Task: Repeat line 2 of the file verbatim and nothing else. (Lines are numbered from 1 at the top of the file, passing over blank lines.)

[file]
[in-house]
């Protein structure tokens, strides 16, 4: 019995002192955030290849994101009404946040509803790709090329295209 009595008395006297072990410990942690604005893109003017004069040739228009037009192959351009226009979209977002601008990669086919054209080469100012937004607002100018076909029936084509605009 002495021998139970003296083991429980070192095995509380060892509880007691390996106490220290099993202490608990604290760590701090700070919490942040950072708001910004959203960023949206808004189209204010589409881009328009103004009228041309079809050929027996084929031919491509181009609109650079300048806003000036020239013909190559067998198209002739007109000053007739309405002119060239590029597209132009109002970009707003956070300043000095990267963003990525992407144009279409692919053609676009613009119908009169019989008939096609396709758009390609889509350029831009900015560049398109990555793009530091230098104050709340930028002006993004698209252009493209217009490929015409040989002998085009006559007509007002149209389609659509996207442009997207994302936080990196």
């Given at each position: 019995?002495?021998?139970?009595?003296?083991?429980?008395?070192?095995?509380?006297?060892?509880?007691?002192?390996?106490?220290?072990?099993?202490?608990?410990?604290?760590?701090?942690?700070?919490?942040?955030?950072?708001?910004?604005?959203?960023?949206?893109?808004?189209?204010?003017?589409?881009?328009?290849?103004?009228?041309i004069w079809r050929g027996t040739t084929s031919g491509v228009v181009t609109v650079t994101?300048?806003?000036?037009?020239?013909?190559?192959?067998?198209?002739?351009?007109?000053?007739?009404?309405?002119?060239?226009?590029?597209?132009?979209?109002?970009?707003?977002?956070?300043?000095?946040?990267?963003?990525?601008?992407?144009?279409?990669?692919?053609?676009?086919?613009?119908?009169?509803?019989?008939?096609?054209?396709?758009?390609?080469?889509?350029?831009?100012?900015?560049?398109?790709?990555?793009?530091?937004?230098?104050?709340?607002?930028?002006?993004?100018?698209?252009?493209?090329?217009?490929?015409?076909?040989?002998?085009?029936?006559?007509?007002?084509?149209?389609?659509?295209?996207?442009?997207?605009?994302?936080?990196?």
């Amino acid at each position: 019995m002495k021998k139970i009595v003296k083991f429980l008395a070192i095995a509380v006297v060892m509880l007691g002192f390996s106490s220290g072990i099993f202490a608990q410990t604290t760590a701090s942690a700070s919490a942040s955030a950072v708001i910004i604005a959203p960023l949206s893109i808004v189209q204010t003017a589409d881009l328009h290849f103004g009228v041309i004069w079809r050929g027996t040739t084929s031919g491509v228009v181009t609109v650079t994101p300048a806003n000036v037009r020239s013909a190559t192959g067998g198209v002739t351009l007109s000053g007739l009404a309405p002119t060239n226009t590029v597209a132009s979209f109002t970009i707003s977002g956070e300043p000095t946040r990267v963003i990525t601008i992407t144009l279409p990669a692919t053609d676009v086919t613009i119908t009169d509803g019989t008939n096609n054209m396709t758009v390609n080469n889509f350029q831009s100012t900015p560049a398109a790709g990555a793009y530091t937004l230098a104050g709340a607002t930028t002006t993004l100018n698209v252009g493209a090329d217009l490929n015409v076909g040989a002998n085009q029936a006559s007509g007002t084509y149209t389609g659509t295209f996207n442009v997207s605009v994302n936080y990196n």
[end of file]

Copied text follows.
């Protein structure tokens, strides 16, 4: 019995002192955030290849994101009404946040509803790709090329295209 009595008395006297072990410990942690604005893109003017004069040739228009037009192959351009226009979209977002601008990669086919054209080469100012937004607002100018076909029936084509605009 002495021998139970003296083991429980070192095995509380060892509880007691390996106490220290099993202490608990604290760590701090700070919490942040950072708001910004959203960023949206808004189209204010589409881009328009103004009228041309079809050929027996084929031919491509181009609109650079300048806003000036020239013909190559067998198209002739007109000053007739309405002119060239590029597209132009109002970009707003956070300043000095990267963003990525992407144009279409692919053609676009613009119908009169019989008939096609396709758009390609889509350029831009900015560049398109990555793009530091230098104050709340930028002006993004698209252009493209217009490929015409040989002998085009006559007509007002149209389609659509996207442009997207994302936080990196």